Generally speaking, for a party to be in default under Dutch Caribbean law a written notice must first be issued in order to put the debtor in default. Giving written notice is in fact nothing more than giving the debtor a second chance to perform correctly. This requirement emphasizes the importance given, in Dutch Caribbean law, to eventual performance of the contractual obligation. Notice has to be given accompanied with a reasonable term, in which the debtor has the opportunity to (still) perform correctly. If he does not, the debtor will be in default and, if the other legal requirements are also fulfilled, liable for damages (including statutory interest in the case of a payment obligation). In a Sint Maarten case it was confirmed, by the Supreme Court, that an application initiating legal proceedings may qualify as a notice of default, with all accompanying legal consequences.

The Sint Maarten case concerned a claim for repayment of two monetary loans plus statutory interest. The Court of First Instance of Sint Maarten as well as, on appeal, the Common Court of Justice granted the claim. In cassation, the debtor objected against the order to pay statutory interest. According to the debtor, statutory interest is only due for the period in which a debtor is in default. The debtor argued he has never been in default because he has not been given notice of default. The Supreme Court rejected this standpoint.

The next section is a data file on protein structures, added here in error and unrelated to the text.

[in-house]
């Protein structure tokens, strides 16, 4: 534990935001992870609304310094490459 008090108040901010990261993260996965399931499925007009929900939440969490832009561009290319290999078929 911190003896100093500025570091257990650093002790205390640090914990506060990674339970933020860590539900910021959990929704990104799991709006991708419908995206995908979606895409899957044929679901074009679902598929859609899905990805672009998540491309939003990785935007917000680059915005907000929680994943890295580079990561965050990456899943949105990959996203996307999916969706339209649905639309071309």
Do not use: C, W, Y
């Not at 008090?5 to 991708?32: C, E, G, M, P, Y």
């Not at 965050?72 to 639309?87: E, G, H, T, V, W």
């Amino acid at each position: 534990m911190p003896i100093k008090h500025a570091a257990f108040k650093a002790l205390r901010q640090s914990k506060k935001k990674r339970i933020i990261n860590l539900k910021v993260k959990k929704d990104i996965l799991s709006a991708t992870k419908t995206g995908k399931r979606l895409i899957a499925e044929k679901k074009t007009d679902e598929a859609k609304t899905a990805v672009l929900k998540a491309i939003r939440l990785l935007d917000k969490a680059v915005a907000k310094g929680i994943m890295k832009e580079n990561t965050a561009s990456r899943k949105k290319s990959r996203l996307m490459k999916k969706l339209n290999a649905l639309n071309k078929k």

Pursuant to Section 6:82(2) of the Sint Maarten Civil Code, if the debtor is temporarily unable to comply or if it follows from his attitude that a reminder would be useless, the notice of default required for the occurrence of default can take place by means of a written notice stating that the debtor is held liable for failure to comply. According to the Supreme Court, the Joint Court of Justice rightly ruled that the petition initiating legal proceedings (subject to conditions) can be regarded as a written notice within the meaning of Section 6:82(2) of the Sint Maarten Civil Code. Therefore, from that date the default had commenced, and the statutory interest period had started to run.